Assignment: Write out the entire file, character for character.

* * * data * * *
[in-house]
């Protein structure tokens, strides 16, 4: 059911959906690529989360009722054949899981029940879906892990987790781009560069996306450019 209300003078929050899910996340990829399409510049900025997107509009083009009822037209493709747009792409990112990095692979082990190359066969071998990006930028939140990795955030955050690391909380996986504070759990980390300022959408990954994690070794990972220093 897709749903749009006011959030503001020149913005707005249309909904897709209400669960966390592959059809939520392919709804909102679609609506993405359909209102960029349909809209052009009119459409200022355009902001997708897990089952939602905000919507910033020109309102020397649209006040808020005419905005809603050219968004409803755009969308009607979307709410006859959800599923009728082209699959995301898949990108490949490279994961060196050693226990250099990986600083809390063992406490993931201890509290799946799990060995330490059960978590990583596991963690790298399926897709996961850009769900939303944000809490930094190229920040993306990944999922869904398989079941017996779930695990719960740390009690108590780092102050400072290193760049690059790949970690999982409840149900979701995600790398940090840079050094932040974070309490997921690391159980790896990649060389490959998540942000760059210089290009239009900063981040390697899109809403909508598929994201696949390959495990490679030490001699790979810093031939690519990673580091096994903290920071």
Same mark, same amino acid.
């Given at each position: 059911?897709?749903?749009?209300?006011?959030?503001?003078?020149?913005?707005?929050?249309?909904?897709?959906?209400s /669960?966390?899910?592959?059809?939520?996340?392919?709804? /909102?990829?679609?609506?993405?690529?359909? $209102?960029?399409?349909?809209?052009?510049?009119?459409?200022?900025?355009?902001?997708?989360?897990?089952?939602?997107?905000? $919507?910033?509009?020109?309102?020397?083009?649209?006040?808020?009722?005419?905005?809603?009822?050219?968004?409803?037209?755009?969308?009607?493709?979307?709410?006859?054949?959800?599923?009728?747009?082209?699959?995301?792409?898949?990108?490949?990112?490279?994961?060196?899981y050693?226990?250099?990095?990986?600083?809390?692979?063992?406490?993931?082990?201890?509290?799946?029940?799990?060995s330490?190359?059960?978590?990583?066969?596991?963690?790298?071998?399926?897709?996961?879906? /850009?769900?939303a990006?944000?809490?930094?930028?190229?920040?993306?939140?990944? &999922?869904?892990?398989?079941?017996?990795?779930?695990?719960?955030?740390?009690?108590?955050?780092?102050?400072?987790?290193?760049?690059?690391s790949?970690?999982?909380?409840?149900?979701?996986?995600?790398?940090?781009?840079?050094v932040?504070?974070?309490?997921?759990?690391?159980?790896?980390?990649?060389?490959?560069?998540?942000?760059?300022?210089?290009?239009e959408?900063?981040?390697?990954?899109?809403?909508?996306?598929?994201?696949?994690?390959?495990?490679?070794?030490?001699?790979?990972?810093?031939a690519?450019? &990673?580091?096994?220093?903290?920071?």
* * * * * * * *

[in-house]
């Protein structure tokens, strides 16, 4: 059911959906690529989360009722054949899981029940879906892990987790781009560069996306450019 209300003078929050899910996340990829399409510049900025997107509009083009009822037209493709747009792409990112990095692979082990190359066969071998990006930028939140990795955030955050690391909380996986504070759990980390300022959408990954994690070794990972220093 897709749903749009006011959030503001020149913005707005249309909904897709209400669960966390592959059809939520392919709804909102679609609506993405359909209102960029349909809209052009009119459409200022355009902001997708897990089952939602905000919507910033020109309102020397649209006040808020005419905005809603050219968004409803755009969308009607979307709410006859959800599923009728082209699959995301898949990108490949490279994961060196050693226990250099990986600083809390063992406490993931201890509290799946799990060995330490059960978590990583596991963690790298399926897709996961850009769900939303944000809490930094190229920040993306990944999922869904398989079941017996779930695990719960740390009690108590780092102050400072290193760049690059790949970690999982409840149900979701995600790398940090840079050094932040974070309490997921690391159980790896990649060389490959998540942000760059210089290009239009900063981040390697899109809403909508598929994201696949390959495990490679030490001699790979810093031939690519990673580091096994903290920071």
Same mark, same amino acid.
């Given at each position: 059911?897709?749903?749009?209300?006011?959030?503001?003078?020149?913005?707005?929050?249309?909904?897709?959906?209400s /669960?966390?899910?592959?059809?939520?996340?392919?709804? /909102?990829?679609?609506?993405?690529?359909? $209102?960029?399409?349909?809209?052009?510049?009119?459409?200022?900025?355009?902001?997708?989360?897990?089952?939602?997107?905000? $919507?910033?509009?020109?309102?020397?083009?649209?006040?808020?009722?005419?905005?809603?009822?050219?968004?409803?037209?755009?969308?009607?493709?979307?709410?006859?054949?959800?599923?009728?747009?082209?699959?995301?792409?898949?990108?490949?990112?490279?994961?060196?899981y050693?226990?250099?990095?990986?600083?809390?692979?063992?406490?993931?082990?201890?509290?799946?029940?799990?060995s330490?190359?059960?978590?990583?066969?596991?963690?790298?071998?399926?897709?996961?879906? /850009?769900?939303a990006?944000?809490?930094?930028?190229?920040?993306?939140?990944? &999922?869904?892990?398989?079941?017996?990795?779930?695990?719960?955030?740390?009690?108590?955050?780092?102050?400072?987790?290193?760049?690059?690391s790949?970690?999982?909380?409840?149900?979701?996986?995600?790398?940090?781009?840079?050094v932040?504070?974070?309490?997921?759990?690391?159980?790896?980390?990649?060389?490959?560069?998540?942000?760059?300022?210089?290009?239009e959408?900063?981040?390697?990954?899109?809403?909508?996306?598929?994201?696949?994690?390959?495990?490679?070794?030490?001699?790979?990972?810093?031939a690519?450019? &990673?580091?096994?220093?903290?920071?």